Ever used Aero Shake? Do you even know what Aero Shake is? What flavour Aero Shake do you prefer? The one that isn’t disabled? Any idea what we’re talking about?
“Aero Shake” is a feature of Windows 10 that is disabled by default since December 2020. It’s also known as “Shake to Minimise,” a feature of the Windows 10 user interface that allows you to minimize all windows except the active one.
It’s a shortcut if you will to quickly minimize all open windows on your desktop except the one with focus you are currently working in. How does it work?
- Click the title bar of the window you want to remain open
- Hold the mouse down and move the window back and forth quickly – shaking it.
- After a couple of shakes, all other open windows will minimize to the taskbar, leaving only the one you’ve shaken open.
Only after an update at the end of last year did I even know this user interface action existed, or that it had multiple names. No idea how long it’s been in Windows – the Aero interface debuted in Windows Vista. Was Aero Shake there then? No idea if anyone else ever used it. No idea how to turn it back on since a Windows update turned it off.
I suppose some users with crowded desktops might have found it useful to clear the clutter, leaving one foreground window with focus. Not sure I can think of an example, though.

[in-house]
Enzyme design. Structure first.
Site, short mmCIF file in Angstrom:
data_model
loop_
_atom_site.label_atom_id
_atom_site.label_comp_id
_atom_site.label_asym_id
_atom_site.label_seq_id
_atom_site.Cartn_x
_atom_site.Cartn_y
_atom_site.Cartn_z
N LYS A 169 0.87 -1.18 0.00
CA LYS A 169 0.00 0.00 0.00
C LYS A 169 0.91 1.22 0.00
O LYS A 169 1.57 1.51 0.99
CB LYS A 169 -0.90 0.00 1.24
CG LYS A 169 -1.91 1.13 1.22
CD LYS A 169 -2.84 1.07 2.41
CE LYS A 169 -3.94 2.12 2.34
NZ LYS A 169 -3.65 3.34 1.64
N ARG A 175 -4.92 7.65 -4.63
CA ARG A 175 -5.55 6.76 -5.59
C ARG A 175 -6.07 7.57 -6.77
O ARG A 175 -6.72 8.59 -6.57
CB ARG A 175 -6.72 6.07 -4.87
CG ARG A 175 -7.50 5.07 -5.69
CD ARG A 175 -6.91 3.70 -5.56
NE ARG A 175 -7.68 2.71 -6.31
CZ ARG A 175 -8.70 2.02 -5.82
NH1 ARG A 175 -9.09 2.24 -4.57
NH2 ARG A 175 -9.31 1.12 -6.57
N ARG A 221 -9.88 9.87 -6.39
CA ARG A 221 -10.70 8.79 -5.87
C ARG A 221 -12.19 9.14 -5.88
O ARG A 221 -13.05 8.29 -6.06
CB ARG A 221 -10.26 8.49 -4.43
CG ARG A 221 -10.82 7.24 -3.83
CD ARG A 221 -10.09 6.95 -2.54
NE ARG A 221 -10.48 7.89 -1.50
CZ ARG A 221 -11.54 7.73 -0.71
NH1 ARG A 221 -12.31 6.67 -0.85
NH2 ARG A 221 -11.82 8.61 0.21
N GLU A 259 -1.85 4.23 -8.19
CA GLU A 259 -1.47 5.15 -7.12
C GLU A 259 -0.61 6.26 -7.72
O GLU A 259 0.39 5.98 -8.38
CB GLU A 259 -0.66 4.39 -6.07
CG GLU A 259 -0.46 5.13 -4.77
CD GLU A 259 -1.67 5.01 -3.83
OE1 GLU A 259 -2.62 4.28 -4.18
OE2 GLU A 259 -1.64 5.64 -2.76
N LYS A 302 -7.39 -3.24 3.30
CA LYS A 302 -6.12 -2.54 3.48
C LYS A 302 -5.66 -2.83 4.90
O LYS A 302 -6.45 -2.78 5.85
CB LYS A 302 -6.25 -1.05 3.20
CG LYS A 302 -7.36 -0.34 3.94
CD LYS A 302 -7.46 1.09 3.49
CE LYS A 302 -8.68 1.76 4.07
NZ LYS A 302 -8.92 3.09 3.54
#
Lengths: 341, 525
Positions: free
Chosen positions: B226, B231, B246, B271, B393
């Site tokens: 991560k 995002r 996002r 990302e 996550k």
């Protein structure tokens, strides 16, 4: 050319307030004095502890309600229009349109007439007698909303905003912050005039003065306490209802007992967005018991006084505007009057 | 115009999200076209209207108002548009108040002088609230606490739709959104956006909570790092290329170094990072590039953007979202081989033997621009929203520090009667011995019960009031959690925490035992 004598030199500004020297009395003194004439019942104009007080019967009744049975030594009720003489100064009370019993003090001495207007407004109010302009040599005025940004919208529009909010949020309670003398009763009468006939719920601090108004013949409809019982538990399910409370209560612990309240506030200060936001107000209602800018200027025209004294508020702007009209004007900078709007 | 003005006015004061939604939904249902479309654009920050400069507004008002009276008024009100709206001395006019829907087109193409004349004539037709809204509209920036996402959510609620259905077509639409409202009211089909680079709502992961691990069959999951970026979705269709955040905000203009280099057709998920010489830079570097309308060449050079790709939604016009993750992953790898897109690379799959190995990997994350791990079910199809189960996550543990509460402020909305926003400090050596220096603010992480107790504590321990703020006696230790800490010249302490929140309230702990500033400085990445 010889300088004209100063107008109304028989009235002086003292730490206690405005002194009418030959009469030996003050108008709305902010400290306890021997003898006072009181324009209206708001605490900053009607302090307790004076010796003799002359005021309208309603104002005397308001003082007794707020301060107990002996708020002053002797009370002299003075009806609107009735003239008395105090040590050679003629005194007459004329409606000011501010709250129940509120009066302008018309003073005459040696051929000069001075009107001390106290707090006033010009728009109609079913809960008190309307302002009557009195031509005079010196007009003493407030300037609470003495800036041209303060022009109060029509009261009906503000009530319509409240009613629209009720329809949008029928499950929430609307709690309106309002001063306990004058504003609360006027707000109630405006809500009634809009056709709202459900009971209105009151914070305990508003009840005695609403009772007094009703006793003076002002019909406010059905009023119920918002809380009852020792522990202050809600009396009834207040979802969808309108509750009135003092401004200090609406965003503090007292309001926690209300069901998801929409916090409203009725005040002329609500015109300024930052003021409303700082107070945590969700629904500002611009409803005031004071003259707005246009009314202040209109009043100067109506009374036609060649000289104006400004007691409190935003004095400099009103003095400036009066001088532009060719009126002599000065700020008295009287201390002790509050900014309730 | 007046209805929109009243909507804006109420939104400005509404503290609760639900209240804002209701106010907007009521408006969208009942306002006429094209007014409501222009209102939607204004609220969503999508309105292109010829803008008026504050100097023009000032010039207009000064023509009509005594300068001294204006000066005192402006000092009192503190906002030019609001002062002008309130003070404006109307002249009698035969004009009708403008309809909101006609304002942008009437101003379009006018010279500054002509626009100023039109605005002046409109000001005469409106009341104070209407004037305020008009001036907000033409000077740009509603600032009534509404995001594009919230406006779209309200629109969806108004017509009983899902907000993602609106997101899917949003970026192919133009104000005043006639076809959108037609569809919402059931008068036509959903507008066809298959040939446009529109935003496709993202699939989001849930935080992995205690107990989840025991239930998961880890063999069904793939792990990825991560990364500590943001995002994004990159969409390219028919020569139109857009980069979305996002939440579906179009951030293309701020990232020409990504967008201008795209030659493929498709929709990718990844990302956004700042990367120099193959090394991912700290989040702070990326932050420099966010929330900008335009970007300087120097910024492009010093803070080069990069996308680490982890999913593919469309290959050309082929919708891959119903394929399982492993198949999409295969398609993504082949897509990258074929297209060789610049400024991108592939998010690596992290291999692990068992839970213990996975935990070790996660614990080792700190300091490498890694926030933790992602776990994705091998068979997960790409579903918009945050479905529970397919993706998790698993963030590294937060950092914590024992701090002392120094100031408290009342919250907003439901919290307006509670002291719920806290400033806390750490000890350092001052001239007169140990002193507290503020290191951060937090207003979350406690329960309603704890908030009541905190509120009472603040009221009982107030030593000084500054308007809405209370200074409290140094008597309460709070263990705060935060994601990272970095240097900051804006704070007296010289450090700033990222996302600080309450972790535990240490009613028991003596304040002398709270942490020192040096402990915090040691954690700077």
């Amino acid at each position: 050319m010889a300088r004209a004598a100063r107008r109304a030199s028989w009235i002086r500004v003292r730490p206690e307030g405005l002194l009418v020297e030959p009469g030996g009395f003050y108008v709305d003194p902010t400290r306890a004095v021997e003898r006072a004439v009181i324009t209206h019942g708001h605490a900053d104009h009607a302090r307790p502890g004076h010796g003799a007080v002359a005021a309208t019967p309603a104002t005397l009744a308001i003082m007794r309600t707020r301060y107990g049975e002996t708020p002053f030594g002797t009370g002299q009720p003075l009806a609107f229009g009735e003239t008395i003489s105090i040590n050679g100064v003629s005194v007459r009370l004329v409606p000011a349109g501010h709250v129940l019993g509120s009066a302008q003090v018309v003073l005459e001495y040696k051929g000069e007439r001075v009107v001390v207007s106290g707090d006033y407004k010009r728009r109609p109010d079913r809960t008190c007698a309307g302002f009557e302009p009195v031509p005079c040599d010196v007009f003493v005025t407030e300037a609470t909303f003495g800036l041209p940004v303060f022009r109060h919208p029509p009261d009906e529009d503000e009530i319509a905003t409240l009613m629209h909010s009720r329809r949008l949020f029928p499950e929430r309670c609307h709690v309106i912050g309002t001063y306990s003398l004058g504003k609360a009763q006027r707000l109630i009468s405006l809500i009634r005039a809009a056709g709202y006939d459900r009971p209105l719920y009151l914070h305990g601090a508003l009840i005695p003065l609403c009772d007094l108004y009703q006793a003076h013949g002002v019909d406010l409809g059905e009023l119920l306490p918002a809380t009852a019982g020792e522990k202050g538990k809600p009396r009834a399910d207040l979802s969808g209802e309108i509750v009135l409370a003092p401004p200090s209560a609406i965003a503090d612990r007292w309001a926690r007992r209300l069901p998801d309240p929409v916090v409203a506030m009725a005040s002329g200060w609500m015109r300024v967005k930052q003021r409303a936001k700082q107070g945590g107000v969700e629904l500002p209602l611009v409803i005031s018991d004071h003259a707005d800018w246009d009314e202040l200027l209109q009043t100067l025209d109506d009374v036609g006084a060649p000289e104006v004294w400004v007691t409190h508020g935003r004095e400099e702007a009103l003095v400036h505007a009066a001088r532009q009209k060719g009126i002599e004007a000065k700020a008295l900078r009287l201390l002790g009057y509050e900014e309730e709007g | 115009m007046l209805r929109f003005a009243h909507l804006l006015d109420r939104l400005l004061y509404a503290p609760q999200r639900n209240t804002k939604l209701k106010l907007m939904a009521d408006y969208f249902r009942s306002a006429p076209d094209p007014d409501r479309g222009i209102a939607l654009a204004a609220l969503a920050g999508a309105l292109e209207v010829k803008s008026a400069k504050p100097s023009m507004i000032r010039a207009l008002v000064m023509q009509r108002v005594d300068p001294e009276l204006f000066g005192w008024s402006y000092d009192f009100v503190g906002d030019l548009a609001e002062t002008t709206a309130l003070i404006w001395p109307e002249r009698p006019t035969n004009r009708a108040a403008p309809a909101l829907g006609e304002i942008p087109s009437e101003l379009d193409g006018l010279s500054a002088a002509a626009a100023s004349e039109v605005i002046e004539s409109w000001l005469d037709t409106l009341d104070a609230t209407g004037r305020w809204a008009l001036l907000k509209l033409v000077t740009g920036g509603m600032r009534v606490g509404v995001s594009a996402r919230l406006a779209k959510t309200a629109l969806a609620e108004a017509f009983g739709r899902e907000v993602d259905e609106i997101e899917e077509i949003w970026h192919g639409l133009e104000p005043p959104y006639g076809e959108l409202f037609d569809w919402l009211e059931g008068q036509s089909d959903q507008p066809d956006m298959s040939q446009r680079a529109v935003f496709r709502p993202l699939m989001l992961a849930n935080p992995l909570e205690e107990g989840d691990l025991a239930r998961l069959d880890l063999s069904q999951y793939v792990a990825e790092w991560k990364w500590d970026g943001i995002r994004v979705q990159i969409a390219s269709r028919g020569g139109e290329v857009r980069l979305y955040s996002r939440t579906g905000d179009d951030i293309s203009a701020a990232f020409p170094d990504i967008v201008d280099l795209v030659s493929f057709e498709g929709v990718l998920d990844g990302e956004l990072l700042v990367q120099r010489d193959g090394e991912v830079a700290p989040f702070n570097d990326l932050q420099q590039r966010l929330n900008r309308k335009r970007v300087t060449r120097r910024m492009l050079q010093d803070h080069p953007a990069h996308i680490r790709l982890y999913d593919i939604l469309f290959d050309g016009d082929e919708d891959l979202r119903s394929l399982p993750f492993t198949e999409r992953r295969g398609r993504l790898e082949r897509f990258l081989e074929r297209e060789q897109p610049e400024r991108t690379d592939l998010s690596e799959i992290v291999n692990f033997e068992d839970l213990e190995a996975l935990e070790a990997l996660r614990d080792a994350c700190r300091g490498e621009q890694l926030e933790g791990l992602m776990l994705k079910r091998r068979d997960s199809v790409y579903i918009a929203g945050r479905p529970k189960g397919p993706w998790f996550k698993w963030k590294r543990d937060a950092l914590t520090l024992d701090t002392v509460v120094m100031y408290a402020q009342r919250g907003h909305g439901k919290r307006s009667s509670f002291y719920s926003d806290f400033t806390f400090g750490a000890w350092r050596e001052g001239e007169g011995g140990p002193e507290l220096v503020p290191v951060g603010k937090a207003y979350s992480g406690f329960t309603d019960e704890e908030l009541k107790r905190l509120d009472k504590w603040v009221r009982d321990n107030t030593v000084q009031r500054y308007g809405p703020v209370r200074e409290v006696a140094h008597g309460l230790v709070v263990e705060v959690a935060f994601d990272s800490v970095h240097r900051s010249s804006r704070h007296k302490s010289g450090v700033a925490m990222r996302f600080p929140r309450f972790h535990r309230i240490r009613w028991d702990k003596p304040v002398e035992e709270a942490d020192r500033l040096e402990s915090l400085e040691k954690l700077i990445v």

If you look up how to re-enable it, Aero Shake seems to need a Reg file or some editing of registry values. Not exactly user-friendly.
So the question is, why did Microsoft bother to include this in the first place? Second question, why did they then decide to turn it off – but not remove it? Did many people with muscle issues complain they set it off by accident?
Third question: what else is lurking in the Windows interface that most of us never heard of? Are any of those extra UI features useful? Were they ever? How do you find out about them? Do you actually need anything more than point, click and drag?
Now we’re up to eight questions. How complex do you need to make a user interface (that’s nine)? Just because a feature is cool, doesn’t mean people need or want to use it.
Does it matter since Microsoft has consigned it to the Recycle bin of history? Who will go to the effort of registry editing (that thing Microsoft hates ordinary users doing) to get it back?
Perhaps Aero Shake should have been a milk bar drink after all, and not part of the Microsoft school of Fuzzy Felt design. AJS